# RE: 400N P3D Rocket

```> whlie looking at the P3D pictures, i noticed the one of dick daniels
> holding the 400 Newton rocket in his hands. it made we wonder
> just how much
> power is 400N. to satisfy my curiosity i'd thought i'd ask so
> here goes:
> between me and my bicycle we weigh 115 Kg. if i were to strap
> on the P3D
> 400N rocket to my bicycle, how long would it take me to
> accelerate from a
> zero to 100 kilometers per hour (assume no friction and a
> level surface)?

A little physics. :-)  9.81N is the force exerted by a 1kg mass on the
ground when it's at rest, i.e. 1kg wt (weight)

Therefore, 400N = 400/9.81 kg wt = 40.77 kg wt.

Not enough to lift the average adult off the ground, but plenty to push
things around in space. :-)  Would also be a useful boost for that bicycle.
:-)

I hope my unit conversion is correct. ;-)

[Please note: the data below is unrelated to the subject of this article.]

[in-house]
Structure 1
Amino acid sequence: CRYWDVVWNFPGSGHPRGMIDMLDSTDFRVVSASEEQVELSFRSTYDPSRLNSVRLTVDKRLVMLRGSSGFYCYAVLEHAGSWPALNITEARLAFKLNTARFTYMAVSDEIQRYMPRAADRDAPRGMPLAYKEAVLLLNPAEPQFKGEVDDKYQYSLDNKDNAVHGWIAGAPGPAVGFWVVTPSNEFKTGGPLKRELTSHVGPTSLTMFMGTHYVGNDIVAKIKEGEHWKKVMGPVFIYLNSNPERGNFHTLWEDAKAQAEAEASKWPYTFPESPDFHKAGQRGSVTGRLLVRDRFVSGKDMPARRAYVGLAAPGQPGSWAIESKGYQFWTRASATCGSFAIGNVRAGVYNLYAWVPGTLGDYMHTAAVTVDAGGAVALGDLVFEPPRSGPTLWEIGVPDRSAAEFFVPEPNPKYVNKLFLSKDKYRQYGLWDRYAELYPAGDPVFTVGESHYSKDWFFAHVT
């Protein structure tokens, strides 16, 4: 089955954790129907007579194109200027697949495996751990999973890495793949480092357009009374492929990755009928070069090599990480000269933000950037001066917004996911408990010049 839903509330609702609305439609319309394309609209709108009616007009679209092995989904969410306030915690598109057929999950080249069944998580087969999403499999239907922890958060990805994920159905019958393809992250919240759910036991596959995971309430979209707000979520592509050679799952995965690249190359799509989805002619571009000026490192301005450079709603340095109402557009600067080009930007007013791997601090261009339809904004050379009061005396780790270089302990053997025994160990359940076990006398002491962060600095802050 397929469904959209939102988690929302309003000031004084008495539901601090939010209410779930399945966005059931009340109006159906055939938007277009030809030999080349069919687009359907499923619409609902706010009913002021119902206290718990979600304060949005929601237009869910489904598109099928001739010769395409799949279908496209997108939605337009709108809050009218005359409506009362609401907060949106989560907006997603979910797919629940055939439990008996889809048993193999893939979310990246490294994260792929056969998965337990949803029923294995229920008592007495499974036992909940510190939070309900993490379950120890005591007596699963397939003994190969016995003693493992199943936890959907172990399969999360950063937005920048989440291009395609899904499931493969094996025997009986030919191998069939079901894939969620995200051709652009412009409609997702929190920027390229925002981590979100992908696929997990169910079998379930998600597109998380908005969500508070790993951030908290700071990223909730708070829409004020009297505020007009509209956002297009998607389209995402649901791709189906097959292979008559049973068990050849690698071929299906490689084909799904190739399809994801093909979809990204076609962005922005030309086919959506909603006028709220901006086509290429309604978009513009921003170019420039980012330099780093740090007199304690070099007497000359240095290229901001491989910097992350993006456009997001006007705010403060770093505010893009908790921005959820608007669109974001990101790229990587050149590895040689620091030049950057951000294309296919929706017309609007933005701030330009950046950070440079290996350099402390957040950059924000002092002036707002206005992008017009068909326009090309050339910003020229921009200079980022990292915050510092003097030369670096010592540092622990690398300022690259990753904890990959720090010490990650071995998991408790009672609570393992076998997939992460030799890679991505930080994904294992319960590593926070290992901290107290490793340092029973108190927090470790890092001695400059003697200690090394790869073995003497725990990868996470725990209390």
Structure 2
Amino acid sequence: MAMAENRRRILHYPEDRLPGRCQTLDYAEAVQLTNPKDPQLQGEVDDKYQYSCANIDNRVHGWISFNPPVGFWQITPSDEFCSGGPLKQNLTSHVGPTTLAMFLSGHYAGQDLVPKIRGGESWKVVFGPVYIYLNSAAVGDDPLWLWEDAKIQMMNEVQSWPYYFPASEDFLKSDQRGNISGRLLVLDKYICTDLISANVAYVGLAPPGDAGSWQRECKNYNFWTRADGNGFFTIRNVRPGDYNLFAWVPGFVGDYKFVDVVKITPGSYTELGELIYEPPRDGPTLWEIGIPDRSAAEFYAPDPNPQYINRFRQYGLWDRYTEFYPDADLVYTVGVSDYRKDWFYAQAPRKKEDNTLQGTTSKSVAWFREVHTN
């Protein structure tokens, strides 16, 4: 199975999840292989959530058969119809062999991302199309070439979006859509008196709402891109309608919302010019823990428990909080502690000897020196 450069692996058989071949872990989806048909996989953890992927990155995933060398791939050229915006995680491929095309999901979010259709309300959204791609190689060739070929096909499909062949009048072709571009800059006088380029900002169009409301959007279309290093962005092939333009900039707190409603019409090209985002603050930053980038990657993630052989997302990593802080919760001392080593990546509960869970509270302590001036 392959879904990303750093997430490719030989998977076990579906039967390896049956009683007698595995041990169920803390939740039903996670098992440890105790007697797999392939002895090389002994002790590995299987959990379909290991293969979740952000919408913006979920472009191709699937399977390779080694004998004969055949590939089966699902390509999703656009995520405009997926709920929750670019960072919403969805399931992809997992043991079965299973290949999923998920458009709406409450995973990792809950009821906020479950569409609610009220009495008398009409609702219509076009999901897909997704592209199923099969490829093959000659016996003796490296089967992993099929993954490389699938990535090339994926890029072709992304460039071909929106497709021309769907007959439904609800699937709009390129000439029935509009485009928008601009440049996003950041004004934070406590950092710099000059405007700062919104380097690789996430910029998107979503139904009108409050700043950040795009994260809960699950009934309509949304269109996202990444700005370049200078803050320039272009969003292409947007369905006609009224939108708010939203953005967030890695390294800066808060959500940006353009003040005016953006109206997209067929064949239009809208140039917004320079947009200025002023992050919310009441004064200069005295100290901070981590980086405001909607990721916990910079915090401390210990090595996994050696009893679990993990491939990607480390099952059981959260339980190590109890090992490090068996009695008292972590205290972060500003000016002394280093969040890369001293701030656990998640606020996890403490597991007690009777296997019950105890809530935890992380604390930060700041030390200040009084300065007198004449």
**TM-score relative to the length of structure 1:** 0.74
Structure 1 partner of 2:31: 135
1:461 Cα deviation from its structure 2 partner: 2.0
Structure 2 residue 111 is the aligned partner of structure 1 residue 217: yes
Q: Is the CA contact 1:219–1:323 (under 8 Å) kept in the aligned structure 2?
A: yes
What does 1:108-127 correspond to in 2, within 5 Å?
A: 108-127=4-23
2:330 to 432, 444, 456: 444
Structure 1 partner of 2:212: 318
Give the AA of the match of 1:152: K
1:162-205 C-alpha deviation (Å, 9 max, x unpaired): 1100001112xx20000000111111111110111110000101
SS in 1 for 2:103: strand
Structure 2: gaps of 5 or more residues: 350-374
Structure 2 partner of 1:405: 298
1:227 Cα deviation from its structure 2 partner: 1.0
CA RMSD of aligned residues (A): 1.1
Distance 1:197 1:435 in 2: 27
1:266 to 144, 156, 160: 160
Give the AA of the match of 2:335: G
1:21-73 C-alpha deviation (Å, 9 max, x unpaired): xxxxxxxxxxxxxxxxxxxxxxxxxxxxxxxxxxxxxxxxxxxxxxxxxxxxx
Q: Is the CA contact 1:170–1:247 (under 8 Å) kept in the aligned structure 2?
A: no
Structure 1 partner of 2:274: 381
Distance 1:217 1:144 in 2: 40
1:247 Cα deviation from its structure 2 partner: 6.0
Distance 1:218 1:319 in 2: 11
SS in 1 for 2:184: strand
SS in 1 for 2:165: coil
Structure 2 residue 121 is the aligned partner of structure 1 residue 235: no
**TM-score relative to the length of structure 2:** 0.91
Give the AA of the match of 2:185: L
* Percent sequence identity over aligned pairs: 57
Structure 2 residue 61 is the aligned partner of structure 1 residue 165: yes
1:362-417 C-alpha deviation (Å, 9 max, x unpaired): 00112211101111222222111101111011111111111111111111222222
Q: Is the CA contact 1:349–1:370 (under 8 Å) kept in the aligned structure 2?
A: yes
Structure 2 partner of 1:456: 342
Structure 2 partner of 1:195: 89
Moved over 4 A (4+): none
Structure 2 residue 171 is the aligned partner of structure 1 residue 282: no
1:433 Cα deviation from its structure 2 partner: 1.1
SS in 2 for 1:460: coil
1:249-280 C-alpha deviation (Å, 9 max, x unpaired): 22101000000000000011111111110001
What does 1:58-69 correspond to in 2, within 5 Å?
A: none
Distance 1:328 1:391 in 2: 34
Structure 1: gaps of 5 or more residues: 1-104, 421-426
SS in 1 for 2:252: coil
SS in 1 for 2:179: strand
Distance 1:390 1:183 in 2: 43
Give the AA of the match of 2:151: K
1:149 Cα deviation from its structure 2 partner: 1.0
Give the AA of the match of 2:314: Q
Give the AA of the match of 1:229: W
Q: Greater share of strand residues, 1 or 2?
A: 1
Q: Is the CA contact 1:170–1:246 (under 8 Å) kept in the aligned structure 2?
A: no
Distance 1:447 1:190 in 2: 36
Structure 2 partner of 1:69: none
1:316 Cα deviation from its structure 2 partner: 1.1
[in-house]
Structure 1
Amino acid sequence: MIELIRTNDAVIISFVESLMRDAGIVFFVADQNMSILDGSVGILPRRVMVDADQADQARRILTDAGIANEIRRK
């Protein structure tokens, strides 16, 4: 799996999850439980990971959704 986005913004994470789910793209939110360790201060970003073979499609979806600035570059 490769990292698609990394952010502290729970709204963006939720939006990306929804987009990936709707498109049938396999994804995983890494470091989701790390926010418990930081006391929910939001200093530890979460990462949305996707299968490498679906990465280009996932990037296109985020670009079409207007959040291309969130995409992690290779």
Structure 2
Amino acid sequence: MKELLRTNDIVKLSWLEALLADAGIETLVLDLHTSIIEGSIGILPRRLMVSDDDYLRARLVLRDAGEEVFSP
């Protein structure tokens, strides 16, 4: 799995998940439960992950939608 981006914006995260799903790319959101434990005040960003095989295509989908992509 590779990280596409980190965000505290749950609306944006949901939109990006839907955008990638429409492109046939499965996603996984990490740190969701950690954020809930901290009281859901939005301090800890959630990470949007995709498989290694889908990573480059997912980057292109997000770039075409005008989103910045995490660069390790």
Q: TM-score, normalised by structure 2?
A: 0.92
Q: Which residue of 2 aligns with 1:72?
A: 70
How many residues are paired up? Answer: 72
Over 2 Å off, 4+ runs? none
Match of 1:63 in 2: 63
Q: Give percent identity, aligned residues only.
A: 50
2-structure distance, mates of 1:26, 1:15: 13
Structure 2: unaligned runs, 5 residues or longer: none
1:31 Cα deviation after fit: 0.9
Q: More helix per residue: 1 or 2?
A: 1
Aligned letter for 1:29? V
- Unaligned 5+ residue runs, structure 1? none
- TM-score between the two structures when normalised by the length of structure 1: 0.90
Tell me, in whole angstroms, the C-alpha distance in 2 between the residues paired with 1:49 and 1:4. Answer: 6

NB:  The conversion from Newtons to kilogram weight was done by assuming
that the accelleration caused by gravity is 9.81 m/s^2 at the Earth's
surdace, and 1N is the force required to accelerate 1kg by 1m/s^2.

The term "kilogram weight" refers to the weight (reaction force of the
supporting surface) on a 1kg mass at rest at sea level.  Strictly,
"kilogram" is a unit of mass, not weight, and Newtons is more correct to use
in this context (not people persist ;) ).

I suspect a lot of people already know this, but it's included for
informational purposes (and hopefully, my high school physics isn't too
rusty! :) ).
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